Updated: Nov 26, 2018
Caution, the singer’s first album in four years, is both silky and sharp.
“If you run your mouth and brag about this secret rendezvous / I will hunt you down.” 🎶
So went Mariah Carey’s last No. 1 hit, 2008’s “Touch My Body,” a great example of Carey’s secret talent. Her voice constructs skyscrapers in gossamer; her projected self-image evokes a bubblebath of butterflies; her actual public image is a comedy of scandal and shambles But those who worship her songs know to look for the thumbtack in the feather pillow—the attitude, aggression, and smarts swathed in dream haze. That’s no love song, it’s a threat.
There might be some sort of re-evaluation going on about Carey lately. The soundtrack for her famous flop of a film, 2001’s Glitter, just hit the top of the iTunes charts thanks to a fan campaign on social media. Her announcement of bipolar-disorder diagnosis this April added complexity to erratic-diva caricatures drawn of her. And she’s been nominated for the Songwriters Hall of Fame in recognition of the under-discussed fact that she’s co-written almost her entire discography, including 17 of her 18 top Billboard hits.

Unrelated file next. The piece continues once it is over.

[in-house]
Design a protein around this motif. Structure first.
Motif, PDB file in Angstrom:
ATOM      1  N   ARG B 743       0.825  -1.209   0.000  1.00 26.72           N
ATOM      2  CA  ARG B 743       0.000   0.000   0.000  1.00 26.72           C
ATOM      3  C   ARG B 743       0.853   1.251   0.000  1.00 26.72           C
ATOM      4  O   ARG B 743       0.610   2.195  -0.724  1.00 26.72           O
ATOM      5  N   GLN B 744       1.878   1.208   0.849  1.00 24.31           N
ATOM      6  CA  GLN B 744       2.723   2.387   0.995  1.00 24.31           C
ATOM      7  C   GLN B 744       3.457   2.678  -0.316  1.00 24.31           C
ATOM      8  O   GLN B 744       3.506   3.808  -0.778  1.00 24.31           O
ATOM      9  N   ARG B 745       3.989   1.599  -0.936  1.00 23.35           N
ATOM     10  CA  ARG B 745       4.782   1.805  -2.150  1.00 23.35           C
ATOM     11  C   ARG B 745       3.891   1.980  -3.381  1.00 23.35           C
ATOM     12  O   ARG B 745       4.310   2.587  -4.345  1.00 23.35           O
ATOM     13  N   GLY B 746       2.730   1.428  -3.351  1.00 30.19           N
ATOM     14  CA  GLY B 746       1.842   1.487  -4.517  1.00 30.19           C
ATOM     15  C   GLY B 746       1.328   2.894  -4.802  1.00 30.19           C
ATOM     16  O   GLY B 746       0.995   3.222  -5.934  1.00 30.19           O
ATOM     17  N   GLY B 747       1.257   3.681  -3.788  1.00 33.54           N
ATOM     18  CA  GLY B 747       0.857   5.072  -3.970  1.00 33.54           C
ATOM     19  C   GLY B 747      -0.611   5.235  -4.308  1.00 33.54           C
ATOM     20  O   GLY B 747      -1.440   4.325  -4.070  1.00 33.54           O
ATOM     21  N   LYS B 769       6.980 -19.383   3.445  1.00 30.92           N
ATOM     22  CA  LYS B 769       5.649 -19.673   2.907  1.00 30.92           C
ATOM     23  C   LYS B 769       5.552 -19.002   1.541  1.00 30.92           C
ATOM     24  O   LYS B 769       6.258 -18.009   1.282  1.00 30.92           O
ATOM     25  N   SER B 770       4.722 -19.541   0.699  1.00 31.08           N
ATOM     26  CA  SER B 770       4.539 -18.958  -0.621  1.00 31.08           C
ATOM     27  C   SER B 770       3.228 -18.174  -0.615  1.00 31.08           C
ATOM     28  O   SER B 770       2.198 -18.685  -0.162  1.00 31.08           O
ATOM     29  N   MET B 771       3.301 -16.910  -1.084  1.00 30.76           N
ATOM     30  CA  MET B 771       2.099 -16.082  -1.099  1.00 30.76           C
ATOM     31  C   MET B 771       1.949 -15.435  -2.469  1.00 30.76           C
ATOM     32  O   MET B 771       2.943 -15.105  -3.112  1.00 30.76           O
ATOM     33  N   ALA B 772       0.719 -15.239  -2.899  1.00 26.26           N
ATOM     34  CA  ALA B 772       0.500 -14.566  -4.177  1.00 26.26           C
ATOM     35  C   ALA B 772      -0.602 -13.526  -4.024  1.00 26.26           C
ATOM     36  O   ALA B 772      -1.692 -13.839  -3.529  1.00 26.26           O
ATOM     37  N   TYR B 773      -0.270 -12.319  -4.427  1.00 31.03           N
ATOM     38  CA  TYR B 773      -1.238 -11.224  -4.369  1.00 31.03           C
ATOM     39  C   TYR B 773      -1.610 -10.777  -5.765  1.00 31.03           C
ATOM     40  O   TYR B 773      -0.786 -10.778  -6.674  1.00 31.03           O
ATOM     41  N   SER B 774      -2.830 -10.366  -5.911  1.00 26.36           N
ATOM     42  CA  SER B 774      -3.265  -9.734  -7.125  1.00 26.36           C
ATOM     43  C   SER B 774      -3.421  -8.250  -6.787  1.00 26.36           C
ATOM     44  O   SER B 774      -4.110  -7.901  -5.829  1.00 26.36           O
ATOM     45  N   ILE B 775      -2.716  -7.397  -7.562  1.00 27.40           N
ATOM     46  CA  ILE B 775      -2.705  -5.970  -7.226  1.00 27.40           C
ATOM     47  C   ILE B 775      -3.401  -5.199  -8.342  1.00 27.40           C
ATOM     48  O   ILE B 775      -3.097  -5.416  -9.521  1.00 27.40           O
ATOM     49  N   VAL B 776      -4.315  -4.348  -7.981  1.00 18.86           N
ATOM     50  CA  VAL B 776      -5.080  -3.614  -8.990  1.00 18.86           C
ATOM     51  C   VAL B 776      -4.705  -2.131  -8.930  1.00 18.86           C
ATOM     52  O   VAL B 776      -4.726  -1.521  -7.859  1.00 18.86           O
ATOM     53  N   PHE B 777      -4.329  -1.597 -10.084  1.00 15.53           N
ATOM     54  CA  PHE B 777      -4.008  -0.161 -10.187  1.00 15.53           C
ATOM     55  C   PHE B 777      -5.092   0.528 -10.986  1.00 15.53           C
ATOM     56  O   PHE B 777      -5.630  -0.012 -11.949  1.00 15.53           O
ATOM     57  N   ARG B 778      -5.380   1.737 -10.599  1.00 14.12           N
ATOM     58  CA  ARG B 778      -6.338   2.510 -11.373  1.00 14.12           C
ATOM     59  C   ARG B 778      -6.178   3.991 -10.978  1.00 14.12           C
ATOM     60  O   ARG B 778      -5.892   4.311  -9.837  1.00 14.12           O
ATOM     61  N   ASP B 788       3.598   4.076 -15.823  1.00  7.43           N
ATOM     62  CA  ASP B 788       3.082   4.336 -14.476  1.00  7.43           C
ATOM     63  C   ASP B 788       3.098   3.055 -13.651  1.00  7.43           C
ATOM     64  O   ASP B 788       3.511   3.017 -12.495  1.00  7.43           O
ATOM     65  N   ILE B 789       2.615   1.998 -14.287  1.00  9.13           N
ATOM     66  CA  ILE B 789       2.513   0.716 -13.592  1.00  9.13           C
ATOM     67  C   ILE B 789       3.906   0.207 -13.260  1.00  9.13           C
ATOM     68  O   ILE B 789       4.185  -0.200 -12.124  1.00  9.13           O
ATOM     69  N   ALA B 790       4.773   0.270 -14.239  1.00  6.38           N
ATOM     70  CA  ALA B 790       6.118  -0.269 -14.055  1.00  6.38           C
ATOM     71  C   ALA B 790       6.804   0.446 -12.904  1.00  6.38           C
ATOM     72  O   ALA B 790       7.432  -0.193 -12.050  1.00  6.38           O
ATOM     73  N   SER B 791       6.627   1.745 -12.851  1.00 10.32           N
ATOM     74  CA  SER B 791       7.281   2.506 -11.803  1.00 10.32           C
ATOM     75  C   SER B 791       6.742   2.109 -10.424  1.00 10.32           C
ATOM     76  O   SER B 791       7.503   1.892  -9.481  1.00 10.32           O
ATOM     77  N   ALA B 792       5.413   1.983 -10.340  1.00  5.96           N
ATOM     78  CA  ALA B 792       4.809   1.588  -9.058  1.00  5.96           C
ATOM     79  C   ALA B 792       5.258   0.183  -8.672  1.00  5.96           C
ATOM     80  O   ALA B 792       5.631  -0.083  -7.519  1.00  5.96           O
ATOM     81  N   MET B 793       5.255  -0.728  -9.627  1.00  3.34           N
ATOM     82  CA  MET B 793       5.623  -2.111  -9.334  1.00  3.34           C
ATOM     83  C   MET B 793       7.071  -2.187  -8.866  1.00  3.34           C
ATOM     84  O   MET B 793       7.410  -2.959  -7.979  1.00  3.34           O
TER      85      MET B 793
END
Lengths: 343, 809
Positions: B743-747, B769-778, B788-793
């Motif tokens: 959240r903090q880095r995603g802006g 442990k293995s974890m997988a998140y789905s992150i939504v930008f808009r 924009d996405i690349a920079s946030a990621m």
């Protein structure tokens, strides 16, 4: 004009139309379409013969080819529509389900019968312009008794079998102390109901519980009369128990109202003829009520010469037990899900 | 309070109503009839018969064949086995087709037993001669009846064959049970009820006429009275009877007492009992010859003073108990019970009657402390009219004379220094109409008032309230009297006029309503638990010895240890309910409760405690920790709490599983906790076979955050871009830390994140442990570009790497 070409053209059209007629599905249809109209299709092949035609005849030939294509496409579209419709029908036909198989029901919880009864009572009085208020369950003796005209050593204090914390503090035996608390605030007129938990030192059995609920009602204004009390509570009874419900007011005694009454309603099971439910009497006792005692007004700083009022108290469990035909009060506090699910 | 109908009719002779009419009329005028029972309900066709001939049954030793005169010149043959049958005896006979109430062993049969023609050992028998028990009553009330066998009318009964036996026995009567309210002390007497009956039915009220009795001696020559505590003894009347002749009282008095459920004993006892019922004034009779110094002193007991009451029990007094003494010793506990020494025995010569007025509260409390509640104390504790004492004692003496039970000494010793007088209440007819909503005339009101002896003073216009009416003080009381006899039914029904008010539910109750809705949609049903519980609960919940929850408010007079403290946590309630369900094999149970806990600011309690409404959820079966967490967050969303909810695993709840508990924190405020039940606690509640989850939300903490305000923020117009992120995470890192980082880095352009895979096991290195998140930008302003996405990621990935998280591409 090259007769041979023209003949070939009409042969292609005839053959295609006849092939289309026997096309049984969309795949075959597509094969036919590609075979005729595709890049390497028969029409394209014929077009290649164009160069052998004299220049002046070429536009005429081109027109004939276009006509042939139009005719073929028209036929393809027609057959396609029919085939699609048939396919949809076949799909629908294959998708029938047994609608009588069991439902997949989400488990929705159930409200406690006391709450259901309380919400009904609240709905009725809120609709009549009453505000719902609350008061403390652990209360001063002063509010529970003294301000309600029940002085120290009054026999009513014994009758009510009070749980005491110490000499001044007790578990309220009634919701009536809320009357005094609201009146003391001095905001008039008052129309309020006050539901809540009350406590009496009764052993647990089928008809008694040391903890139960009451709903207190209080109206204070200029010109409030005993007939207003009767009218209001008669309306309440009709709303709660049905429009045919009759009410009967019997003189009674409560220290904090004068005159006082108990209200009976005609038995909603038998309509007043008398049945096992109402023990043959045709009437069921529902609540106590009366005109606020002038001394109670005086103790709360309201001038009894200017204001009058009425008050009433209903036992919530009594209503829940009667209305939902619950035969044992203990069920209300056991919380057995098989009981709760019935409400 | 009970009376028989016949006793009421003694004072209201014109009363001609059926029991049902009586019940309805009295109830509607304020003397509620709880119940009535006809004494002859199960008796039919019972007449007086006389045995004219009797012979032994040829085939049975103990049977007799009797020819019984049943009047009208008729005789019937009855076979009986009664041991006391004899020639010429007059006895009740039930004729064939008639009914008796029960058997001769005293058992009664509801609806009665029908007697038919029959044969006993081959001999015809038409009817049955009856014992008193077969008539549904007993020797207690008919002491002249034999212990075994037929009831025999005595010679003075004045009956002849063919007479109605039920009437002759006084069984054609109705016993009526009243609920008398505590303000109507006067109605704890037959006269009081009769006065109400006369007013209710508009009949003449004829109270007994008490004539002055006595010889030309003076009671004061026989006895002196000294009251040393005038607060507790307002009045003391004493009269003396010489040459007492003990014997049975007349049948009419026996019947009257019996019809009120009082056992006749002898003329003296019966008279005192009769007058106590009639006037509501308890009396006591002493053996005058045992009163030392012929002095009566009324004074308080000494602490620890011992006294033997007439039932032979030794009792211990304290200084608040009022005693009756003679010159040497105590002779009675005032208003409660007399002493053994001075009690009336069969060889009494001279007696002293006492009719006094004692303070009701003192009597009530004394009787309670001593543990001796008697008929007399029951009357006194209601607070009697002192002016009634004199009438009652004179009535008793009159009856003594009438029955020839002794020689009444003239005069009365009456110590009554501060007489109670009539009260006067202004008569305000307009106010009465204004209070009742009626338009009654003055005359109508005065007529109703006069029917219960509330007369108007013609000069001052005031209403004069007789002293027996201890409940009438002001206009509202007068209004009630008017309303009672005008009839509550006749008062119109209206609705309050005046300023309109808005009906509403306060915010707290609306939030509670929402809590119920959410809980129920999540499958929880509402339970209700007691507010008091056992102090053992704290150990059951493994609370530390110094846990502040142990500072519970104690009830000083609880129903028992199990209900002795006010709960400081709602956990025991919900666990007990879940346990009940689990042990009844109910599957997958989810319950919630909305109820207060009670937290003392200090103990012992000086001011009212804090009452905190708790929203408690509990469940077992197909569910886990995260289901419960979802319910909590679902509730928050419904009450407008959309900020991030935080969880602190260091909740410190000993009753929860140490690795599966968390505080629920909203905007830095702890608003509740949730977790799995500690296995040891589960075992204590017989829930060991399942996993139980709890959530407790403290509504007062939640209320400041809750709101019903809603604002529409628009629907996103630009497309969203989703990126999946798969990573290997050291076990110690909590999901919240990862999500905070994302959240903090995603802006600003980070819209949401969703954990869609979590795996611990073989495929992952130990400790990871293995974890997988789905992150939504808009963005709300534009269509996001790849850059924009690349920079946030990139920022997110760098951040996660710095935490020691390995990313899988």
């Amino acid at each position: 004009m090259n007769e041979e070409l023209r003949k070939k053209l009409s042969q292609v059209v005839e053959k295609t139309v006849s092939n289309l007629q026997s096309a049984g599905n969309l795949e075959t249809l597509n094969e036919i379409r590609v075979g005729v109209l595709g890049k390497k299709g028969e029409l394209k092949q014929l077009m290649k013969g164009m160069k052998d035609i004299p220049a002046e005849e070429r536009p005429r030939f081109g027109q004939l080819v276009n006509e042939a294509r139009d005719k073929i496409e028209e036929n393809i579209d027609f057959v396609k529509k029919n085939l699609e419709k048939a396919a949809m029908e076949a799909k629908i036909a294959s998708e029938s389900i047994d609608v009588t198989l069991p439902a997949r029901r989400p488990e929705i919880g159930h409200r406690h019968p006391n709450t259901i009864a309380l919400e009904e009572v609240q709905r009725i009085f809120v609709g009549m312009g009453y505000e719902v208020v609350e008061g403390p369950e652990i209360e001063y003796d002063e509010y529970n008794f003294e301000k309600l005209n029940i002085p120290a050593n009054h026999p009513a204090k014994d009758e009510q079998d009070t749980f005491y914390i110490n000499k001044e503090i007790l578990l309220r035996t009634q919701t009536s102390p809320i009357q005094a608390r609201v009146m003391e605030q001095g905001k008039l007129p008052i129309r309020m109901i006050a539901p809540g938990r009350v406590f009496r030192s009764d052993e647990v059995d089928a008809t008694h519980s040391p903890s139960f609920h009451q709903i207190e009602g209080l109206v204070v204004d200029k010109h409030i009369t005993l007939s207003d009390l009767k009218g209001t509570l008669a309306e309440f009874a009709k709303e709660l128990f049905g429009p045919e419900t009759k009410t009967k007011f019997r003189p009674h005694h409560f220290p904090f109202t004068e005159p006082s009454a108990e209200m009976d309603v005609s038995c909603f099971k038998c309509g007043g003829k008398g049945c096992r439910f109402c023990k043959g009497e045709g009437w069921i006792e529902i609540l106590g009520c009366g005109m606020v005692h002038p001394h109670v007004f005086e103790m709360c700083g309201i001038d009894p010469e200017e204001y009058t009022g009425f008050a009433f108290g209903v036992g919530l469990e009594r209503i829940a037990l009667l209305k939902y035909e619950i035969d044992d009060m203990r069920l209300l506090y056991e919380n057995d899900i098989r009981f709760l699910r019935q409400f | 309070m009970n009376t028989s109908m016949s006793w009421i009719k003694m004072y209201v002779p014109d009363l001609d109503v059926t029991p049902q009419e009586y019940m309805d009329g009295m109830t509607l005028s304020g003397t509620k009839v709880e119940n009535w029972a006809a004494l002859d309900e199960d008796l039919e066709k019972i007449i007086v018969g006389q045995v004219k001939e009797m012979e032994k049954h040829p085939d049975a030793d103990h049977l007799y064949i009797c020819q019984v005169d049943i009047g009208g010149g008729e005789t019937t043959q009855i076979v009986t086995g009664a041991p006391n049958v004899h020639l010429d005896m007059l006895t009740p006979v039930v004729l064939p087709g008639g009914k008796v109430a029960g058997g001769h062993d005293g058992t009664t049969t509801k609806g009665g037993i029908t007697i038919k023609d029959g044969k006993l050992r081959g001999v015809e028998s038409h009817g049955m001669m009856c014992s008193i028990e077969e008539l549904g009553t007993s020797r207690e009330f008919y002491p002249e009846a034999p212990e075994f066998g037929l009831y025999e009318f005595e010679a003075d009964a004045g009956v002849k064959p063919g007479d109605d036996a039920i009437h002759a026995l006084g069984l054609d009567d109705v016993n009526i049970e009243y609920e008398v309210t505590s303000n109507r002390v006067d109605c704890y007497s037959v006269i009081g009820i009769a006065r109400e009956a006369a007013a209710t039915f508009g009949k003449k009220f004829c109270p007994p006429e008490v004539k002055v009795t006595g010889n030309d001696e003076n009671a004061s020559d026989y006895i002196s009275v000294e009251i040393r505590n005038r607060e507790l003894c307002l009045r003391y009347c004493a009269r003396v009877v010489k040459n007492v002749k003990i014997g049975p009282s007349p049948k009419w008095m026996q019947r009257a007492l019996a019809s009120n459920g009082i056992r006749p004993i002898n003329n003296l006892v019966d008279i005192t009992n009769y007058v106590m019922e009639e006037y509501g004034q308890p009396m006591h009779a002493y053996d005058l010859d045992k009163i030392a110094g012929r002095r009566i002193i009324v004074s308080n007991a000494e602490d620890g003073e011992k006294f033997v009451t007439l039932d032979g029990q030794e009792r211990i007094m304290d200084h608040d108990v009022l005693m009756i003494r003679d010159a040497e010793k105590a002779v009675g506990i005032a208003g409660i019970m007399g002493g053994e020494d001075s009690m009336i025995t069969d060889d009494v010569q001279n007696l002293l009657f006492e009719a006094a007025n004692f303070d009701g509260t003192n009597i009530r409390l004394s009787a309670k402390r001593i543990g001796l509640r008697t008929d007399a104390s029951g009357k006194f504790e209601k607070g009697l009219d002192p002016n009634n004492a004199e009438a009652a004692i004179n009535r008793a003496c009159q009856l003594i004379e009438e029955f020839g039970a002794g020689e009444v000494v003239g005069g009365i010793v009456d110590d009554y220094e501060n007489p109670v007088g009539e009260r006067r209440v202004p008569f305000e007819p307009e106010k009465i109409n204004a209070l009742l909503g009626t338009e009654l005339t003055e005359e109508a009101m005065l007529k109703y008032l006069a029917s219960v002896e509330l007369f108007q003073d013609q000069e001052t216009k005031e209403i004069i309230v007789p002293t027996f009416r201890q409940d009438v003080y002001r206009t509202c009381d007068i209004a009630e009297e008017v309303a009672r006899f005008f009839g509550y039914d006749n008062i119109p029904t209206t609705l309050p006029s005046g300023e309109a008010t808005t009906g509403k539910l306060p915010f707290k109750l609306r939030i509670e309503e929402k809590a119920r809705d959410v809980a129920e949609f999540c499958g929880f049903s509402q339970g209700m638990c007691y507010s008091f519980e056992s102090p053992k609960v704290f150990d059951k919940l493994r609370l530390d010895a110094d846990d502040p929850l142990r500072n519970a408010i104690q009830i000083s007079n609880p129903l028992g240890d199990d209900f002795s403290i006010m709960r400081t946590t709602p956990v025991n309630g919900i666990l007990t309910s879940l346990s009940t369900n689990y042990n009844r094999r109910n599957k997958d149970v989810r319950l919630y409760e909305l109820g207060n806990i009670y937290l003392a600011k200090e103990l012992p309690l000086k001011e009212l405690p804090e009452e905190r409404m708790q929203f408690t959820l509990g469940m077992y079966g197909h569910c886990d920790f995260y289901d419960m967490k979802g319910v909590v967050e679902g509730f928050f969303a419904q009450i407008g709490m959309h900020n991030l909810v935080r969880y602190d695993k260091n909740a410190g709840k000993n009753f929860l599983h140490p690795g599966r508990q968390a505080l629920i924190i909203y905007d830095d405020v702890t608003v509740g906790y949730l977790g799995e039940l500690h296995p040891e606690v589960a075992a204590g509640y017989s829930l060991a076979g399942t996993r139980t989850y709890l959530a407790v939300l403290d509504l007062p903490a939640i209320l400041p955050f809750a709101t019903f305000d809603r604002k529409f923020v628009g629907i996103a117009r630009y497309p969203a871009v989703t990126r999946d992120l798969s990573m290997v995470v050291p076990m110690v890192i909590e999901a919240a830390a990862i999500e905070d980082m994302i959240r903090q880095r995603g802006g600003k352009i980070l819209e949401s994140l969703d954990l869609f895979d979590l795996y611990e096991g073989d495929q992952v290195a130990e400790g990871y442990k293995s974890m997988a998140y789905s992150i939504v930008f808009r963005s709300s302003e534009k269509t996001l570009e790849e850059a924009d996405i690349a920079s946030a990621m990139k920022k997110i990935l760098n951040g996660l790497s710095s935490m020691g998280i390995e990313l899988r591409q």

Her first album in four years, Caution, shores up the idea of Carey the wit, the craftswoman, and the game-player. She establishes that she’s in I will hunt you down mode from the start, sighing, “How ‘bout you … get the fuck out?” on “GTFO.” It’s an impressive work of softness as sarcasm: synth washes evoking rainy windshields, a canned “Hotline Bling” metronome, and Carey singing—as she often literally does—as if from a chaise lounge, unbothered as she dispatches the unworthy. Her previous album took a confused, over-embellished approach, starting with the title: Me. I Am Mariah... The Elusive Chanteuse. But from “GTFO” on, Caution is spare, misty gray, and lucid, even as it polishes up Carey’s many tropes. She’s cleaning house.
Listen now to 'Caution' 🚨🎶